Story of the Month – Robert Lee Phillips

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Story of the Month – Robert Lee Phillips

By Linda Stookey


Robert Lee Phillips was born June 9, 1932 to Vernon Hickman & Tessie Jane (smith) Phillips of Salem, Missouri.

He was the youngest out of 11 Children. None of the children attended schools, as they were needed at home rather than learning and reading books. None of them knew how to read or write. Uncle Bob grew up hard but fast, learning a life of poverty.  When his country called, he did not hesitate like many others.  He joined the military to defend our country.

I never met my Uncle.  In fact, he died 10 years prior to myself being born.  However, something burned deep inside of my veins to find him. I did not believe he died while growing up. I asked questions to my family but was told not to talk about it.

When I became a young adult, instead of asking, I started hunting, hunting for questions in their hometown. No one knew where any of them were buried.  All I could remember from my grandmother’s funeral was a little white Baptist church in the background.  I went on the hunt each and every little graveyard I could find, but had disappointing results.  As I was heading out of town disappointed, I drove by a graveyard.  I noticed the name Smith appeared on several gravestones.  I turned into the church and to the gravestones. As I was walking and about to give up, I turned out onto a two-lane road.  Something inside of me told me to look back.   When I did, I saw a headstone that had Phillips written on it and was exactly positioned as I recalled of the little white Baptist church. I stopped, backed up and turned into a gravel road where I not only found my grandparents, but my uncles, aunts, cousins and so on in a little town of Licking, Missouri.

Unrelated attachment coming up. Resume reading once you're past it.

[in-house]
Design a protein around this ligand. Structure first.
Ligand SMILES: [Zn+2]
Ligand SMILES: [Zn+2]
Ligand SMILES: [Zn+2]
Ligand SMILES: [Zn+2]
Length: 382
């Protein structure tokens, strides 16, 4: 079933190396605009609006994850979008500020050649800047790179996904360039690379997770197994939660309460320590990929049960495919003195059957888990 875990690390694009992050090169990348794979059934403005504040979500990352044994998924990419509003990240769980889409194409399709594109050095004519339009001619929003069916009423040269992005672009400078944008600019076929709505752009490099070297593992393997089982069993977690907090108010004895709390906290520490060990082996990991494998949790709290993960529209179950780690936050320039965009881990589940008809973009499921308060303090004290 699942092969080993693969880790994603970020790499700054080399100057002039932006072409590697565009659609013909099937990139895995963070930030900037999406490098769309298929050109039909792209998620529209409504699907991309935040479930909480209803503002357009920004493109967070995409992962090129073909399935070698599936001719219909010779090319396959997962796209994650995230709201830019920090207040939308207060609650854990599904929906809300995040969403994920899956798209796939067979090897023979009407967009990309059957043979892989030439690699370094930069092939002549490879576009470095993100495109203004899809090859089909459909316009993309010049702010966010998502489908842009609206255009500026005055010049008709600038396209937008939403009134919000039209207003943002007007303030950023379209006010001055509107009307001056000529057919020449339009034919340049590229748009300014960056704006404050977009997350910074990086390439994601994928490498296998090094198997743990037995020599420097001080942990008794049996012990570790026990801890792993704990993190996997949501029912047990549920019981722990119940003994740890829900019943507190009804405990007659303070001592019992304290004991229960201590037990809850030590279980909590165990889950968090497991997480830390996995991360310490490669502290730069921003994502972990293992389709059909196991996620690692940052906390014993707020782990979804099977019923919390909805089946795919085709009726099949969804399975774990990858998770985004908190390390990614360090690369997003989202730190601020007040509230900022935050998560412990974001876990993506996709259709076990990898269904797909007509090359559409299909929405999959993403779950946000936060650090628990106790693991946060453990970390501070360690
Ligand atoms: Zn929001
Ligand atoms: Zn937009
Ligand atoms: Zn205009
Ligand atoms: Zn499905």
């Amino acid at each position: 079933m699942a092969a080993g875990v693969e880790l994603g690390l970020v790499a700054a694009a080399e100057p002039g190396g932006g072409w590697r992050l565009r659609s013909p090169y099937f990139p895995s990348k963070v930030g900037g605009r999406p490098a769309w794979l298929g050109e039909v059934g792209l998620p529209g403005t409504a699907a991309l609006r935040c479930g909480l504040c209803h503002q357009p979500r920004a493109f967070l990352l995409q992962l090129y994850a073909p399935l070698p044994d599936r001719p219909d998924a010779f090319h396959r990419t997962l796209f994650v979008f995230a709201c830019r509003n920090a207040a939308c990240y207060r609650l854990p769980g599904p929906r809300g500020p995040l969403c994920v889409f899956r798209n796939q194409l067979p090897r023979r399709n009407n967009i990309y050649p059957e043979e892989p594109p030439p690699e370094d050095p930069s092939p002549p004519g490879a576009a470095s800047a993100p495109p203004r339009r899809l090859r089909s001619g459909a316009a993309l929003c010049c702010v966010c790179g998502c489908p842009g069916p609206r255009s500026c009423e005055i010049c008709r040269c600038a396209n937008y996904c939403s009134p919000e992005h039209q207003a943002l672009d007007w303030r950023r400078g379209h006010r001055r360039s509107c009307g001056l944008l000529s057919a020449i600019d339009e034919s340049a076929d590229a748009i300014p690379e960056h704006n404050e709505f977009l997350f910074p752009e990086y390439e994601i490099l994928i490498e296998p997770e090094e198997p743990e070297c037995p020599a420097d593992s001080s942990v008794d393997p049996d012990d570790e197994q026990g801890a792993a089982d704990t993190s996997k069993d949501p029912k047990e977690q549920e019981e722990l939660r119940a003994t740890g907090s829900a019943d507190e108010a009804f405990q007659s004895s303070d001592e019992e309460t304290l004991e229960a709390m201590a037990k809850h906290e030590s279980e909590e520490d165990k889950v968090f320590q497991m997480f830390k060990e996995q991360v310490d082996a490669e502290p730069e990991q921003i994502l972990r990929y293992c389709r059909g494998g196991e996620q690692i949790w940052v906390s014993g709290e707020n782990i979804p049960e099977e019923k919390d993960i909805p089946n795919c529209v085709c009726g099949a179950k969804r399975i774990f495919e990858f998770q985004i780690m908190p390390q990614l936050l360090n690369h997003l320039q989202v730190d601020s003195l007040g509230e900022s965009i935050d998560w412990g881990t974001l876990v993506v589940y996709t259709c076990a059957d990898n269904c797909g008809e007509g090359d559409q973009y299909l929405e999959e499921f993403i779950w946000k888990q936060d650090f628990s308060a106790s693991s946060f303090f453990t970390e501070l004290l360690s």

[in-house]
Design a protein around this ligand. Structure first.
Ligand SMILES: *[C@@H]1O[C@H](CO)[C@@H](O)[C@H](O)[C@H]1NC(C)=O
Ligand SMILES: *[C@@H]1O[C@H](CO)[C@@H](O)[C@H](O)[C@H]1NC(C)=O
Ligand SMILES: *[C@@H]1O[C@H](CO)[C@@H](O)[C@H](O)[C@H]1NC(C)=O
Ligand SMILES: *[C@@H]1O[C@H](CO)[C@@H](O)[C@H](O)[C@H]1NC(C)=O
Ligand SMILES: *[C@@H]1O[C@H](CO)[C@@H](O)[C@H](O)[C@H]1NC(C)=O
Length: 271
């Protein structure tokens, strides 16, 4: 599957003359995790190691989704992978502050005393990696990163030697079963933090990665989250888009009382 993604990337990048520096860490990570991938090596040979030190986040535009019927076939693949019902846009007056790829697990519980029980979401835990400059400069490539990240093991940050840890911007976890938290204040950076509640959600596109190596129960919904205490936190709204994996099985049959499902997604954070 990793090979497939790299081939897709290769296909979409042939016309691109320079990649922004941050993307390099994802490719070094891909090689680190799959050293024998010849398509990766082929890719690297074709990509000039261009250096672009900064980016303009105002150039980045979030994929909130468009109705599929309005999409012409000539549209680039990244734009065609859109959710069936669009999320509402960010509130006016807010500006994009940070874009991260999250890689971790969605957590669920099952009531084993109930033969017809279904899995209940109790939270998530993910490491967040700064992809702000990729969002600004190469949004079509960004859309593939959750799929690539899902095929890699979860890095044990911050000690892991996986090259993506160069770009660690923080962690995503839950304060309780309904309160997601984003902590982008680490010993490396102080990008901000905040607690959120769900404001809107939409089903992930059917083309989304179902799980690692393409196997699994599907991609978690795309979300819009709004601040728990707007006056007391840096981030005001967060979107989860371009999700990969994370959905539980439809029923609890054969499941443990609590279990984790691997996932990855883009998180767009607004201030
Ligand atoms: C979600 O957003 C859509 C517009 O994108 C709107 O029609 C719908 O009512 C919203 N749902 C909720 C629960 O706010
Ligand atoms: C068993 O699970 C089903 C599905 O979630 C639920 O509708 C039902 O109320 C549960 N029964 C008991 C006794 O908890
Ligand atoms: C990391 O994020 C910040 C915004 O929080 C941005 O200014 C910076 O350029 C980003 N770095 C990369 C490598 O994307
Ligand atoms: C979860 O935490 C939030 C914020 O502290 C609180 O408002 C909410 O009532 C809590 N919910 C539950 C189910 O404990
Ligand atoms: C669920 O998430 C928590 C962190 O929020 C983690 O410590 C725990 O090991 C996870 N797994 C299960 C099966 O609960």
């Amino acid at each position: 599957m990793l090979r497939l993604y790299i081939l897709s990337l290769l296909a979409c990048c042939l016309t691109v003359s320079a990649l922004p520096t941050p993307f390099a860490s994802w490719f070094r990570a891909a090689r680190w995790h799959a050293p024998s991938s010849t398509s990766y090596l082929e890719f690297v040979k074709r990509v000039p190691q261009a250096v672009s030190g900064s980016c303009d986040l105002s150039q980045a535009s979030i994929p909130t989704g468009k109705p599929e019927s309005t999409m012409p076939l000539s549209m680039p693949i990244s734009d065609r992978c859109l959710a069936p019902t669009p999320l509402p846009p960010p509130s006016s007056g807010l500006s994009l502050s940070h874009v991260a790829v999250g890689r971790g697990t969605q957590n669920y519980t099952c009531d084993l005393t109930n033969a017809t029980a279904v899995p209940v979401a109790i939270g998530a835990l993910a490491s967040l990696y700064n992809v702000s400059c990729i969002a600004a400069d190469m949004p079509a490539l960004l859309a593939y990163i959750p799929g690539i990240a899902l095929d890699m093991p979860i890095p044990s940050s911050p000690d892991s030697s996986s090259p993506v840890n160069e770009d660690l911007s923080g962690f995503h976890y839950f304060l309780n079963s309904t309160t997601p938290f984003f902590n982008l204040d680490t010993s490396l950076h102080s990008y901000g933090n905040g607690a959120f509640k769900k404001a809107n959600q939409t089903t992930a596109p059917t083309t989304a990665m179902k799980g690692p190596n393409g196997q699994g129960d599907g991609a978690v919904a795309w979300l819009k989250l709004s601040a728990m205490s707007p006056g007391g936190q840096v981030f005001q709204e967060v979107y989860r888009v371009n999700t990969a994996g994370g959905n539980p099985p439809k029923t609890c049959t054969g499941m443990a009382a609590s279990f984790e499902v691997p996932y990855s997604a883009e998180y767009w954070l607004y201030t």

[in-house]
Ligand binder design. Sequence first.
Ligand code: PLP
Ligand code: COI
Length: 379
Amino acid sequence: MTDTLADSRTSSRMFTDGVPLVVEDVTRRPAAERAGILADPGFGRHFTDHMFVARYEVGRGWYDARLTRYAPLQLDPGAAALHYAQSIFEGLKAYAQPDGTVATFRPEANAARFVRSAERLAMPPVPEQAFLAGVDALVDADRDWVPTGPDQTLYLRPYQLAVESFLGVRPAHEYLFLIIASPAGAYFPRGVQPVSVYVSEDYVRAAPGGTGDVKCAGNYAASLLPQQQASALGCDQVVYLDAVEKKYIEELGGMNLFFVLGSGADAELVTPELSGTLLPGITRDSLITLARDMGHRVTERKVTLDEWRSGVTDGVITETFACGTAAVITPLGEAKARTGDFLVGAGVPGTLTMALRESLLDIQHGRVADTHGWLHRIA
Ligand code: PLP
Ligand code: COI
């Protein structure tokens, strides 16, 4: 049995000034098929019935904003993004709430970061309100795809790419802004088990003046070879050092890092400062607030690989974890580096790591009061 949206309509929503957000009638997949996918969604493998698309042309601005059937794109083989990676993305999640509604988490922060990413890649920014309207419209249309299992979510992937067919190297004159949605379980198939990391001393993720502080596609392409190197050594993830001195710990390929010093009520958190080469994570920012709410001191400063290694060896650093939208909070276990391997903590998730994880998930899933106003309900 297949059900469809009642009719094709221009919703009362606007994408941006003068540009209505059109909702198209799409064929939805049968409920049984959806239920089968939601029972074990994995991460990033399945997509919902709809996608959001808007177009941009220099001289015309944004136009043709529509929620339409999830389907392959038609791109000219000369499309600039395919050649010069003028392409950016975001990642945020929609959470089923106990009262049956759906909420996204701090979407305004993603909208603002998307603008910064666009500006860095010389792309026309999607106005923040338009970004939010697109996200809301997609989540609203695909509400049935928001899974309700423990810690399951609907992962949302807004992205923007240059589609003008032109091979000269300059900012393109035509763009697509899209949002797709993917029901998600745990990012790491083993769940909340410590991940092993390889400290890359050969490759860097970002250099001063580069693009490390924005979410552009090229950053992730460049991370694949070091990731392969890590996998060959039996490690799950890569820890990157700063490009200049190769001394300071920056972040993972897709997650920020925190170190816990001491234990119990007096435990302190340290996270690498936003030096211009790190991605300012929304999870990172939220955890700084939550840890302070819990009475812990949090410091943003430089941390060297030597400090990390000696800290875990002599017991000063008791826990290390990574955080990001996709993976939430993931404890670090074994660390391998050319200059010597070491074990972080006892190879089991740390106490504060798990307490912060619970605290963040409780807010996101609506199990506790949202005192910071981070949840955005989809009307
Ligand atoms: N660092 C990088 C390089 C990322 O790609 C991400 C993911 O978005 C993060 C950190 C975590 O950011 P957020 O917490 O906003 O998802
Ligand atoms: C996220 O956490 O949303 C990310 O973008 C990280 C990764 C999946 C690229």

I contacted the Army.  I also sent paperwork, information, items I had no idea about any of it. I also spent hours at our local library, at nights, online searching when information was not as easily accessed years ago.  I also conducted research at a new national record archives built by my home because the old one had burned. I requested and obtained his medical folder. What was left of it, smelled of smoke, however, was gold.

Based on my research, my uncle stationed in Junction City, Kansas where he played football with some buddies and hurt his knee prior to his deployment to Korea. He was sent to several hospitals ending up in Michigan where he had a full knee replacement. Released and shipped out to Korea.  My uncle, Robert Lee Phillips, was declared missing in action a few months later as his whereabouts were unknown, and declared killed in action.

Even to this date, the whereabouts of him remains unknown. It is called a Forgotten War, however, I ask and beg to all of you, please, do not forget the sacrifices they paid with their lives.